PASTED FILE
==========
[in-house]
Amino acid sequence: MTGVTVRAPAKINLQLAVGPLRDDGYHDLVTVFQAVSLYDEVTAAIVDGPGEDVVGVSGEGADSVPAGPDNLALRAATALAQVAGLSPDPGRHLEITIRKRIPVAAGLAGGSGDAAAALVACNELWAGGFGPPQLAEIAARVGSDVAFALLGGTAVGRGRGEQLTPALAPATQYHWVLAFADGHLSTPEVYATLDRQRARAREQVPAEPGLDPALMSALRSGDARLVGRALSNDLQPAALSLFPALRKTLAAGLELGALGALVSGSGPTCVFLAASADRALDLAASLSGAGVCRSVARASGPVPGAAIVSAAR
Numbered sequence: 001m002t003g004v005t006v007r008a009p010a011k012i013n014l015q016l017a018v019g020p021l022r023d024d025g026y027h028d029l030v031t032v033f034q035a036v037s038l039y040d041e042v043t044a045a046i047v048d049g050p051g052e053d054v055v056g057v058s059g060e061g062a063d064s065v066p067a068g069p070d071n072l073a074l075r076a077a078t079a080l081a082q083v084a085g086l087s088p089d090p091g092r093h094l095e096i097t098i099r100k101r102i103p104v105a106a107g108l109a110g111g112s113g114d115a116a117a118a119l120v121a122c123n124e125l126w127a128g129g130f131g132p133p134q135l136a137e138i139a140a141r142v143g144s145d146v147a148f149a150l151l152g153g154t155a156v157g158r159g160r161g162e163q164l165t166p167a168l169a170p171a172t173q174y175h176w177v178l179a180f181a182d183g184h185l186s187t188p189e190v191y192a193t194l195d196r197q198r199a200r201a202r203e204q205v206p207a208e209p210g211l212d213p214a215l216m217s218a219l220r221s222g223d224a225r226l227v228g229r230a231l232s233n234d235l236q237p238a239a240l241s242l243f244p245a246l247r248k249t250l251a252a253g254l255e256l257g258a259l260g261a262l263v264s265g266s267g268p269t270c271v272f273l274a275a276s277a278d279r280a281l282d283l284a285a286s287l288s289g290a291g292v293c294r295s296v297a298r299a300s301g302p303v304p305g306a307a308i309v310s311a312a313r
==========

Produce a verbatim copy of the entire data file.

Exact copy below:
[in-house]
Amino acid sequence: MTGVTVRAPAKINLQLAVGPLRDDGYHDLVTVFQAVSLYDEVTAAIVDGPGEDVVGVSGEGADSVPAGPDNLALRAATALAQVAGLSPDPGRHLEITIRKRIPVAAGLAGGSGDAAAALVACNELWAGGFGPPQLAEIAARVGSDVAFALLGGTAVGRGRGEQLTPALAPATQYHWVLAFADGHLSTPEVYATLDRQRARAREQVPAEPGLDPALMSALRSGDARLVGRALSNDLQPAALSLFPALRKTLAAGLELGALGALVSGSGPTCVFLAASADRALDLAASLSGAGVCRSVARASGPVPGAAIVSAAR
Numbered sequence: 001m002t003g004v005t006v007r008a009p010a011k012i013n014l015q016l017a018v019g020p021l022r023d024d025g026y027h028d029l030v031t032v033f034q035a036v037s038l039y040d041e042v043t044a045a046i047v048d049g050p051g052e053d054v055v056g057v058s059g060e061g062a063d064s065v066p067a068g069p070d071n072l073a074l075r076a077a078t079a080l081a082q083v084a085g086l087s088p089d090p091g092r093h094l095e096i097t098i099r100k101r102i103p104v105a106a107g108l109a110g111g112s113g114d115a116a117a118a119l120v121a122c123n124e125l126w127a128g129g130f131g132p133p134q135l136a137e138i139a140a141r142v143g144s145d146v147a148f149a150l151l152g153g154t155a156v157g158r159g160r161g162e163q164l165t166p167a168l169a170p171a172t173q174y175h176w177v178l179a180f181a182d183g184h185l186s187t188p189e190v191y192a193t194l195d196r197q198r199a200r201a202r203e204q205v206p207a208e209p210g211l212d213p214a215l216m217s218a219l220r221s222g223d224a225r226l227v228g229r230a231l232s233n234d235l236q237p238a239a240l241s242l243f244p245a246l247r248k249t250l251a252a253g254l255e256l257g258a259l260g261a262l263v264s265g266s267g268p269t270c271v272f273l274a275a276s277a278d279r280a281l282d283l284a285a286s287l288s289g290a291g292v293c294r295s296v297a298r299a300s301g302p303v304p305g306a307a308i309v310s311a312a313r